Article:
A 29-year-old paraplegic literally kicked off soccer's World Cup competition in Brazil on Thursday, using a mind-controlled exoskeleton that looks as if it came from the "Iron Man" movies.
The organizers of the international Walk Again Project said the symbolic soccer-ball kick was performed during the World Cup's opening ceremonies in São Paulo's Corinthians Arena by Juliano Pinto. He's an athlete from Galea in Brazil's São Paulo State who lost the use of his legs after a car accident in 2006.
Seven other paralyzed patients who volunteered to go through months of training for the task watched from the sidelines.
"We did it!!!!" the project's leader, Duke University neuroscientist Miguel Nicolelis, tweeted.
Nicolelis spearheaded a team of more than 150 scientists to create the exoskeleton — an effort that he says cost the Brazilian government $14 million over the past two years.
Was Pinto's few seconds of fame worth the cost? Probably not, if we're just talking about a kickoff that took a couple of seconds to complete. But the project's researchers said the advances made in the course of the years-long effort — and the exposure given to the next generation of brain-controlled prosthetics — could be priceless.
"The World Cup demonstration is ceremonial, as we have only a moment to show a kick," Sanjay Joshi, a roboticist from the University of California at Davis who was involved in the Walk Again Project, told NBC News via email from Brazil. "But maybe that kick will inspire a child somewhere in the world to become a doctor, engineer or scientist."
Joshi said the project's long-term aim is to bring together neuroscience, engineering and medicine to build brain-controlled devices that can change the lives of paralyzed patients. Nicolelis struck a similar tone in a post-kickoff statement: "It is only the beginning of a future in which people with paralysis will be able to leave the wheelchair and literally walk again."
How it works
The system blends the hardware of a battery-powered "Iron Man" exoskeleton with a control system that's guided by brain waves. Pinto wore an electroencephalogram (EEG) cap dotted with electrodes, which picked up and magnified the faint electrical signals emanating through his skull. Sensors were built into the suit to detect muscle movements.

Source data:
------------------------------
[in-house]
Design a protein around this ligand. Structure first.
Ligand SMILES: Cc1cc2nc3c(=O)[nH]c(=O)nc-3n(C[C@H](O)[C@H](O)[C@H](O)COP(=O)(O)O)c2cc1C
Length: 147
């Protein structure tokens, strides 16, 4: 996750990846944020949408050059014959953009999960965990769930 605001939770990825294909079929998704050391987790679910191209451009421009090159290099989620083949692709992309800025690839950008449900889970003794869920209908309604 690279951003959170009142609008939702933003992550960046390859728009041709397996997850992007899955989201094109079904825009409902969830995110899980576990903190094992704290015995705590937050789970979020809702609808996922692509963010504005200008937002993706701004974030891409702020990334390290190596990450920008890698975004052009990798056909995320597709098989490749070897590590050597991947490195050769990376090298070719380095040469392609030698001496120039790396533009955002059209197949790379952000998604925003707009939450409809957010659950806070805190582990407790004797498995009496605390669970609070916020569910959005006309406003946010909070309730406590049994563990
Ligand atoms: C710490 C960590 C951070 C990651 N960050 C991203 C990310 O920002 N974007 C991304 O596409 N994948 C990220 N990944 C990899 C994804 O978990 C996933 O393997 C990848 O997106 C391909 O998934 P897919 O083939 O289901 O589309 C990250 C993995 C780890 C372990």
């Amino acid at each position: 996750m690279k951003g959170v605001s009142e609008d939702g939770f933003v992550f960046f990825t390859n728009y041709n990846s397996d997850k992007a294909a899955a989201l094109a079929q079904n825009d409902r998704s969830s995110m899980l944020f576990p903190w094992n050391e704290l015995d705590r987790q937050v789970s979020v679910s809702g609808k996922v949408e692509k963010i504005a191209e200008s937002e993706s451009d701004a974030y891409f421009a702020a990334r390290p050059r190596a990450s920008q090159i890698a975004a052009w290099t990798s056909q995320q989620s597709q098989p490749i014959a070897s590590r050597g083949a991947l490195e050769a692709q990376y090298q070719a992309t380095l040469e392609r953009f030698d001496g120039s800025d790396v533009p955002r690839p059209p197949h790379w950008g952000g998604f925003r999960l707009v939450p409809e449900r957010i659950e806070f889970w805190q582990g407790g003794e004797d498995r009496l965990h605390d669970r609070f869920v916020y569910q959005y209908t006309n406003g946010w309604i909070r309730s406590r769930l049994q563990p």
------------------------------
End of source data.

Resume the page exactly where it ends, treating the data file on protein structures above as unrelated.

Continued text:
At first, Nicolelis considered using brain implants to control the suit, but he and his colleagues quickly determined that the EEG cap was less intrusive and more manageable.
During the training period, Pinto and the seven other subjects learned to think about moving their feet in such a way that the corresponding signals from their brains and muscles would register with the computerized guidance system. The exosuit's wearer received feedback from the feet in the form of buzzing vibrations felt on the skin.
All eight patients learned to walk using the suit, and one overachiever took "a total of 132 steps, to the awe of everyone present," Nicolelis told NBC News.
At the World Cup ceremonies, all it took was a tap from Pinto's robo-leg to send the soccer ball rolling. Meanwhile, assistants stood on either side, helping to steady the bulky suit. The moment passed so quickly that many TV viewers missed it.
What it means
In the wake of the World Cup kickoff, experts who weren't involved in the Walk Again Project debated whether the effort scored a winning goal.
"The demo did not advance the state of the art," Jose Contreras-Vidal, a biomedical engineer at the University of Houston, told NBC News in an email. "Certainly our NeuroRex was the first and remains the only brain-controlled exoskeleton to allow spinal cord injury patients to walk over-ground unassisted, and we have been able to do so with about 10 percent of the funding Dr. Nicolelis has received to develop their exo."
Contreras-Vidal said one of the metrics for evaluating the return on investment should be the number of Brazilian scientists and students who benefit from their involvement in the Walk Again Project.
"What matters now is what the plans are for the future."
"I suppose the infrastructure will remain in Brazil, which is good," Contreras-Vidal wrote. "What matters now is what the plans are for the future. Clinical (longitudinal) trials must be done with patients, once the system is completed and validated. Dr. Nicolelis is not known for working with EEG and walking robotics, and thus expertise in these areas would need to be developed and retained in Brazil to continue the project. We hope he succeeds."
Anil Raj, a research scientist at the Florida Institute for Human and Machine Cognition, agreed that the project's real value depends on what comes after the kick.
"A successful kick is a demonstration event, but the technological development needed to be able to attempt the demo is the contribution to the future of exoskeletons for those with spinal cord injury," Raj said in an email. "$14 million for training eight patients and building a novel exoskeleton and brain-controlled interface seems to me to be a reasonable expenditure."